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20

Q&A

Q A.

There is a process to training the palate for tasting wine. But, I have to warn you that it is an endless road. Most importantly, you will need to train your sense of smell. The nose knows. Most of what we taste is directly related to what we smell. Training your sense of smell is easy and endless. Let’s start with basic descriptors such as strawberries; smell blackberry jam and a bowl of strawberries and then recognize it the next time you put your nose in a glass of Pinot Noir. Notice the smell of new leather seats or walk into a store that sells leather and then remember it when you get a whiff of Cabernet Sauvignon. When you are cooking, make an extra effort to identify the smell of bell peppers, dill, asparagus, cayenne pepper, lemon peel, olives, and mushrooms just to name a few. I am naming just smells in the food group. How about nature? There are so many different flower smells: gardenia, red rose, pink rose, cherry blossom, jasmine, fresh cut grass and earth. Once you recognize these smells you will taste them in the glass. It’s fascinating and fun! All these and a million other smells and flavors will keep you on the wine tasting path for many a year to come.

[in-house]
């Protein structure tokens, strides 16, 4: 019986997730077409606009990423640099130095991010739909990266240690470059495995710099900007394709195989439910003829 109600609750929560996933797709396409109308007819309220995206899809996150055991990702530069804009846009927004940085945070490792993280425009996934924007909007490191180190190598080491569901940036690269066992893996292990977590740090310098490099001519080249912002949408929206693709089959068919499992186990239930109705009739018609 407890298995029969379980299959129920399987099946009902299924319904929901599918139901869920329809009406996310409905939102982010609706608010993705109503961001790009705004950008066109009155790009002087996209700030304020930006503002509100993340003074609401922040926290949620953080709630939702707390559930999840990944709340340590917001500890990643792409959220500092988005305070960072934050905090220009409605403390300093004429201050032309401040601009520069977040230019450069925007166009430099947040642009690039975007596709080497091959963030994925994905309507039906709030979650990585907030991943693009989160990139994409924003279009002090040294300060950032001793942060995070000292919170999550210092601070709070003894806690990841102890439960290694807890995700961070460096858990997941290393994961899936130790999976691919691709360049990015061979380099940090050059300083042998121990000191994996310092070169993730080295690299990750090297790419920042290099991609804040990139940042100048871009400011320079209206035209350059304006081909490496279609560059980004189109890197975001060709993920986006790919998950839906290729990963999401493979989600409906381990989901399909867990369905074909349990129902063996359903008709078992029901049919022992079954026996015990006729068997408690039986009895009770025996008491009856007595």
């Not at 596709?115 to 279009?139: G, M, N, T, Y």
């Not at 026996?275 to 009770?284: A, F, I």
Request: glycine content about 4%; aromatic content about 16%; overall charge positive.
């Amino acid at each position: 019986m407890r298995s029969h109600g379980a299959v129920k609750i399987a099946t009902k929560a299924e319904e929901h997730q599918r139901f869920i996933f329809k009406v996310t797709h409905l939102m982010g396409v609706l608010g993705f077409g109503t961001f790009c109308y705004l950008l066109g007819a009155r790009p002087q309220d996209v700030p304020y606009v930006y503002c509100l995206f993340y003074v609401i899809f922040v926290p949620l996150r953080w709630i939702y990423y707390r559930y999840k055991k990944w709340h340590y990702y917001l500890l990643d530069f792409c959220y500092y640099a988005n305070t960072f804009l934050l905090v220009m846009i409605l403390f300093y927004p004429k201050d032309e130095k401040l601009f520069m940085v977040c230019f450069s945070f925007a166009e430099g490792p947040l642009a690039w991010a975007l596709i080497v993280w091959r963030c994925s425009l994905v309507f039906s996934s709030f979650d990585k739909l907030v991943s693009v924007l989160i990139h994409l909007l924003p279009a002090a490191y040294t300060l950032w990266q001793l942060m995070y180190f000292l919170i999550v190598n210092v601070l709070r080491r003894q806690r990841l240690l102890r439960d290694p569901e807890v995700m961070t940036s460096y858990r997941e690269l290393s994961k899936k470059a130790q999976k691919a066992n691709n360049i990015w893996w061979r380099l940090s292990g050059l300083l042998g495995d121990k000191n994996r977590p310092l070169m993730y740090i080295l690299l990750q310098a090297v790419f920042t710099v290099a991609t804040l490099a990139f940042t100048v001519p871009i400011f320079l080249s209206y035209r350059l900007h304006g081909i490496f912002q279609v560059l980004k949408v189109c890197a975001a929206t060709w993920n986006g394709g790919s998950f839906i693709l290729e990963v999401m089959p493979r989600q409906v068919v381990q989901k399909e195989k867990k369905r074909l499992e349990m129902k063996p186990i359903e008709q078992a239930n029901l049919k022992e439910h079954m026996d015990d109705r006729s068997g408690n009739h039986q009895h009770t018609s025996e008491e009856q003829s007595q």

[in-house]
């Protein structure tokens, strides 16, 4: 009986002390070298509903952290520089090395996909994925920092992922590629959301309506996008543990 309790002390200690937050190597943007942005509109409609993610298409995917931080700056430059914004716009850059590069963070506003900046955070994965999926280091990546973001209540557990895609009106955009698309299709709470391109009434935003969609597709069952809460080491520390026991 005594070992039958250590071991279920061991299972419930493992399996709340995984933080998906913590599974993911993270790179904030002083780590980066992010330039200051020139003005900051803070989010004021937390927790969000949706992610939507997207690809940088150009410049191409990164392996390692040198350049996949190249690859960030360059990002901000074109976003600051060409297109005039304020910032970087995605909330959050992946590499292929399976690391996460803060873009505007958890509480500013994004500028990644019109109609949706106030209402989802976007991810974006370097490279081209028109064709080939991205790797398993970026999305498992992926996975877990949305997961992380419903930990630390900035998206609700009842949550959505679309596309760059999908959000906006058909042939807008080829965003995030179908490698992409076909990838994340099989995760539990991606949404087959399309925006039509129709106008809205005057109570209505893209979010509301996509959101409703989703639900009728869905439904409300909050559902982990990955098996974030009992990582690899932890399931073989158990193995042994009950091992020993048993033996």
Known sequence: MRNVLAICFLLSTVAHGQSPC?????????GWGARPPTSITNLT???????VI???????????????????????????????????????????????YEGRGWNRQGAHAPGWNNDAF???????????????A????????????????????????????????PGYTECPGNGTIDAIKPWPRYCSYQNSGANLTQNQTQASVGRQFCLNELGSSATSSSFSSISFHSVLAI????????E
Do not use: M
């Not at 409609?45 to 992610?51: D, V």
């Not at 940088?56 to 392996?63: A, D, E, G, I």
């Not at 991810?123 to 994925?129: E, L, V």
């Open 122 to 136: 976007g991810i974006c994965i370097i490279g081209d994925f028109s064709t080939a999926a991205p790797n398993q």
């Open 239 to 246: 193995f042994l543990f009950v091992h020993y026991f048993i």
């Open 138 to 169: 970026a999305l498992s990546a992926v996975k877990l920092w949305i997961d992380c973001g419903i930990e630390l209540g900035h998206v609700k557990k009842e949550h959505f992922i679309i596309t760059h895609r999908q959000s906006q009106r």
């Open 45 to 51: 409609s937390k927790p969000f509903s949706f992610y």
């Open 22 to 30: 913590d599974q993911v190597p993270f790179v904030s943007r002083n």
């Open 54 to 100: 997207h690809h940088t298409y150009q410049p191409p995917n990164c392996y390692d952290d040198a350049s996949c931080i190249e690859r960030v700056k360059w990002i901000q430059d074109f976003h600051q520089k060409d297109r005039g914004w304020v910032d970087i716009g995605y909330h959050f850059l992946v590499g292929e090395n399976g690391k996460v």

Q A.

You will want to keep your wines in a temperature controlled place at about 60°F. Ideally, there should be no light, no vibration, and a bit of humidity. If your house has a basement or underground cellar, that can work. If you are on the east coast, your basement or cellar should stay cool in the summer months as well. On the west coast, we depend on temperature-controlled units to help our wines survive the endless summer heat we have. They range in price depending on size, but it’s a wise investment if you’re serious about storing wines for any length of time. As you start to accumulate wine, you may get 100 bottles or more. Some could lay down for 10 to 14 years, others for 3 to 5 years, and some are opened the night they’re brought home! With that many bottles being stored, you should open some of the aging wines to see how they’re doing. There is nothing sadder than opening a bottle you’ve been saving only to find it’s past its prime. So go to your cellar now and pull some corks and pour some glasses. It’s interesting to see how the wines are doing. Remember, the whole point of buying is to drink and enjoy wine. You can always buy more. Have fun!

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F O R M E M B E R S O N L Y

“Do you have any suggestions to train my palate to taste wine?”

~ G.M., Detroit, MI

“I want to start a wine collection. How do I keep the wine and do I need to rotate them? Thank you.”

~ D.R., San Diego, CA

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